March lure munching madness
  |  First Published: March 2017

After a big week of rain for the region earlier in the year, there has been nothing but hot, dry weather. This is not all bad, as it has certainly put barra back on the hit list.

Local freshwater areas have been getting many decent fish. Looking for those brackish run-off spots where the barra are sitting is quite productive. There have been some good numbers of prawns and heaps of decent mullet in all the systems. The wind has been fairly consistent around the 10-15 knot mark.

Fitzroy and the Narrows

The heat has certainly raised the temperature of the water and the barra have been sitting in the cooler pockets. Anything with good shade is a great start. Lures that produce great action while working slowly have certainly landed quite a few decent fish.

Lures have accounted for a great number of fish and are stocked in most stores. Lures like the Live Target Swimbaits have been making a big name for themselves lately. There has been a great number of threadies in the river lately also. Many fish have been landed using prawn imitations or live prawns if you get a few in your net.

Rivers, Creeks and the Beaches

The local rivers, creeks and beaches have been bustling with activity lately. There is just so much bait around at the moment, from crustaceans like crabs and yabbies, to many varieties of fish. All of these bait sources are very easy to obtain with the right tools, like yabby pumps and castnets. Some great places for fish lately have been Coorooman Creek and the Causeway Lake.

The Causeway Lake has had great run throughs producing cracker mangrove jack, barra and the common smaller estuary species like flathead and bream. Coorooman has been going great for crabs, threadfin salmon and barra and has been fishing very well from mid outgoing to mid incoming. There have been huge crabs coming out of that system lately.


The freshwater lagoons are fishing very well, due to all the heat. The Roope Road crossing made from culverts is a very good place to throw a lure. The water flows through very easily and the baitfish are all amongst the snags around the crossing. The crossing generally holds many barra that make their way up from the salt in flood times and then get locked into the lagoons as the water recedes.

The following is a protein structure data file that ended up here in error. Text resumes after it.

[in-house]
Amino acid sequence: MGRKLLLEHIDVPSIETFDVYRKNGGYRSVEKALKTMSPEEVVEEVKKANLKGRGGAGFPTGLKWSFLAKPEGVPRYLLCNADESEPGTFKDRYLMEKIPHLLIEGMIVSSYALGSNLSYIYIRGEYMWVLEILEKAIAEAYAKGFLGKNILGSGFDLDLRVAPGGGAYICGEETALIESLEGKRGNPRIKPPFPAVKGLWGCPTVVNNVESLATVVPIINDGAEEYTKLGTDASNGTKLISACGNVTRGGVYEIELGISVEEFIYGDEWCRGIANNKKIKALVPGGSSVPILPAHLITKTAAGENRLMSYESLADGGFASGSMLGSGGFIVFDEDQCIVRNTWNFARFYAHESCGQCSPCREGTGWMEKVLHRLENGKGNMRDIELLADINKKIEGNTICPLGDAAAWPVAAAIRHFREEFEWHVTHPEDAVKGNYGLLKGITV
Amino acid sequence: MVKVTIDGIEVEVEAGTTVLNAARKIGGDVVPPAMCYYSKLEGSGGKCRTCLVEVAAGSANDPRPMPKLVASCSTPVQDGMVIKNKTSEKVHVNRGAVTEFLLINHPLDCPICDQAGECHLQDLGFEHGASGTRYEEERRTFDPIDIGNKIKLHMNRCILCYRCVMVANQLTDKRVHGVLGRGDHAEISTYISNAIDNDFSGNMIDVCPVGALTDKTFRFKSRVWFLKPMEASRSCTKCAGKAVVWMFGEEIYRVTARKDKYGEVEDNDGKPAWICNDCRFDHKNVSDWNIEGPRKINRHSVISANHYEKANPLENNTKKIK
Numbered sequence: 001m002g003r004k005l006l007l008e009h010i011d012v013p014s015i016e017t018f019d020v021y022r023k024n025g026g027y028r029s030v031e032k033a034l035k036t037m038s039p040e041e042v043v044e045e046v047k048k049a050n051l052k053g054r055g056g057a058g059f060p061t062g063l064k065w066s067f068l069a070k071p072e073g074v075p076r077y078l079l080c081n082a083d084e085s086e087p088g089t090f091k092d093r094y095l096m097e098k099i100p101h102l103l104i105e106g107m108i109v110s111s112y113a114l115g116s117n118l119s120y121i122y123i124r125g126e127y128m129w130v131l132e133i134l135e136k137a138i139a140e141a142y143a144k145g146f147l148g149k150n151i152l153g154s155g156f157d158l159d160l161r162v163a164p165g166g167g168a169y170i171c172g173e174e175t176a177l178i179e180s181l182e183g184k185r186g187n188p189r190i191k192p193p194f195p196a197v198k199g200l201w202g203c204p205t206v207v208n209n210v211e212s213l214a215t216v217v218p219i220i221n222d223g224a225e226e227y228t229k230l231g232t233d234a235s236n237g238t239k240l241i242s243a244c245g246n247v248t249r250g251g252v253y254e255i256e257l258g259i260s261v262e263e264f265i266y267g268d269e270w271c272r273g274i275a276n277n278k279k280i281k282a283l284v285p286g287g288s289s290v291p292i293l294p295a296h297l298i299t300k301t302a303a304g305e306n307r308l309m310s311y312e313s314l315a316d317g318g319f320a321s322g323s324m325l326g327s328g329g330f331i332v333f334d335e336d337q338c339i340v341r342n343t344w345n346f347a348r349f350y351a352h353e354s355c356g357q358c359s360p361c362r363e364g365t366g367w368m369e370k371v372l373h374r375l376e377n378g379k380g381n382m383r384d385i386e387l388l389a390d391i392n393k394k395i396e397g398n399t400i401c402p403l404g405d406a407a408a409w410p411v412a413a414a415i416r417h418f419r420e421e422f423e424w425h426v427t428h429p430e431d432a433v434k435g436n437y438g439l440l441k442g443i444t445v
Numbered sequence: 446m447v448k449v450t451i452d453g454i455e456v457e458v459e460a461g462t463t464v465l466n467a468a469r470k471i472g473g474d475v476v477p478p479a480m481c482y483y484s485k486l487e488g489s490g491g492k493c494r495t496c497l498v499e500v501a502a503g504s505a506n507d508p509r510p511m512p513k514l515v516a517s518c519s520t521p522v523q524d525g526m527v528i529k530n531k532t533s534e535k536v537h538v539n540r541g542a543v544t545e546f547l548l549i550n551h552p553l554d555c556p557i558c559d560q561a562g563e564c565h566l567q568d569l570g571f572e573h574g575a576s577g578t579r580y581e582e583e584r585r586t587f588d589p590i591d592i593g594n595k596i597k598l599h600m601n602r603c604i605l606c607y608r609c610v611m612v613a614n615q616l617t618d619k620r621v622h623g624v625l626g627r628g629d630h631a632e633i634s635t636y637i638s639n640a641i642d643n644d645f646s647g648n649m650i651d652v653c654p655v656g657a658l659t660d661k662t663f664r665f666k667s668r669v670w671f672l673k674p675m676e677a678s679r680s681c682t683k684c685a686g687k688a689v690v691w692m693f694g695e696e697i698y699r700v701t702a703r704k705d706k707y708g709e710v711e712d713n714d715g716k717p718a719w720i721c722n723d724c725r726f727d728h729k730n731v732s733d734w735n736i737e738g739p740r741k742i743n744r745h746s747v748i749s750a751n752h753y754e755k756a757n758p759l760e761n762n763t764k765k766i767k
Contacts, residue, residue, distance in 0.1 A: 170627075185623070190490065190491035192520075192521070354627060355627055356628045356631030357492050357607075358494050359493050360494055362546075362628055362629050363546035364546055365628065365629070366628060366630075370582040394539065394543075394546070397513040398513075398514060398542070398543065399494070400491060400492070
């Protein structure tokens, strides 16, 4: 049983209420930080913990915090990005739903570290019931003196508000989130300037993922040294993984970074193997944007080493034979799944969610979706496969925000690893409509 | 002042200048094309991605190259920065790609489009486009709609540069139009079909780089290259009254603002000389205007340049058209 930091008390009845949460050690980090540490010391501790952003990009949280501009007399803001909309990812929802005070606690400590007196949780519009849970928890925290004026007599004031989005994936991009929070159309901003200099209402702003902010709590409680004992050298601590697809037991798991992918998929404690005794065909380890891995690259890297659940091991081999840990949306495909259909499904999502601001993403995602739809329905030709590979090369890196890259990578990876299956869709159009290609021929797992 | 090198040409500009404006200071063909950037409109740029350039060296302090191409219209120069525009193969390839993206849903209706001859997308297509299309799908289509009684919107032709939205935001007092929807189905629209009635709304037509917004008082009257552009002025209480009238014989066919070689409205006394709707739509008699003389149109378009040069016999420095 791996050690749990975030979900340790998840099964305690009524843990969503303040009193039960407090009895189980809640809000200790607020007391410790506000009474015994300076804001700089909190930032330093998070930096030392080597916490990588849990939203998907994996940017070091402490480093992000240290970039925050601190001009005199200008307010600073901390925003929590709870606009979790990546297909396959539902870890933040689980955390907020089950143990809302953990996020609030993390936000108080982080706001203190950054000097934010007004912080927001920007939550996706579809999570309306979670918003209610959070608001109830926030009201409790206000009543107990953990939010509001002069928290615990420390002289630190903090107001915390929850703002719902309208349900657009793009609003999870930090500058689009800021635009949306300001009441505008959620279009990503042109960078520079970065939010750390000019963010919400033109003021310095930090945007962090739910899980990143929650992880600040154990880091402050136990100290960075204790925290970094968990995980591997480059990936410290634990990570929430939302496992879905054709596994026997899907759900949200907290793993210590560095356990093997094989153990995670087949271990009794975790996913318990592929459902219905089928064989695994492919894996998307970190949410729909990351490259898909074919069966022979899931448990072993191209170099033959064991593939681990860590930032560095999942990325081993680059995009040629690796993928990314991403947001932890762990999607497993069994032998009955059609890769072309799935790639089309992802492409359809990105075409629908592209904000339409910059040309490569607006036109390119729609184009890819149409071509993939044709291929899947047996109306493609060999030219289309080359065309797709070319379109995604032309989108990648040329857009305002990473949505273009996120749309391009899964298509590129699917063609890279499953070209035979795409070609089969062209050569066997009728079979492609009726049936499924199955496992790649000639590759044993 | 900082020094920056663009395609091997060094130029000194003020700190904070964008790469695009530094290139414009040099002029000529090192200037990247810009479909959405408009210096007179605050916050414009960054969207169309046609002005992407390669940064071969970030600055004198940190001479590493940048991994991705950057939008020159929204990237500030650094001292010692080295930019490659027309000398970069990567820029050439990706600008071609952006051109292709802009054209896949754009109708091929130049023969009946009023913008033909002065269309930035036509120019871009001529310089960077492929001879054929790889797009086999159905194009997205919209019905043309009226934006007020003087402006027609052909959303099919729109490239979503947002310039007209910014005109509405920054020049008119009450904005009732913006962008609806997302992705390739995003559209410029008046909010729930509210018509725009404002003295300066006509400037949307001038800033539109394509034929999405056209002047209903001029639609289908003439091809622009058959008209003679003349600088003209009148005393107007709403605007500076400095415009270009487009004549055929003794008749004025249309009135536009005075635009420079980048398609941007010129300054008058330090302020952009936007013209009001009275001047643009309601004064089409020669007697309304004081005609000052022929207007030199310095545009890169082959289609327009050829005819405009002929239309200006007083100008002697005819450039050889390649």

Along with the barra, there is a plentiful supply of tarpon, which are great fun to target on surface lures, as they are very aerobatic and not hard to find. Using smaller lures, you’re able to match the baitfish. The lures easily pick up fish when slow rolled back along a snag line or twitched and left in front of snags.


The crabbing is red-hot at the moment, and if you want to get into it, tackle stores have some ripper deals on crab pots lately. The crabs should be full to the brim with meat, as the recent rains and run-off brought lots of nutrients and dead matter off the land and freshwater areas. A pack of mullet heads will always do the trick for a day out crabbing. With some good winds about and reef trips plentiful, reef frames make some great bait.

Rant for
the month
Catching fish is great fun and we all enjoy getting a happy snap of them. However, there are many times anglers are still holding big fish up by the jaw, injuring the fish’s spine. It may swim away fine, but it has been given a death sentence. There have been a few cases recently of large fish washing up against the bank and with no markings on them. This is the likely cause. To those few anglers who hold fish up by their head or don’t know this is injuring the fish, it looks much better holding the fish horizontally with support anyway!
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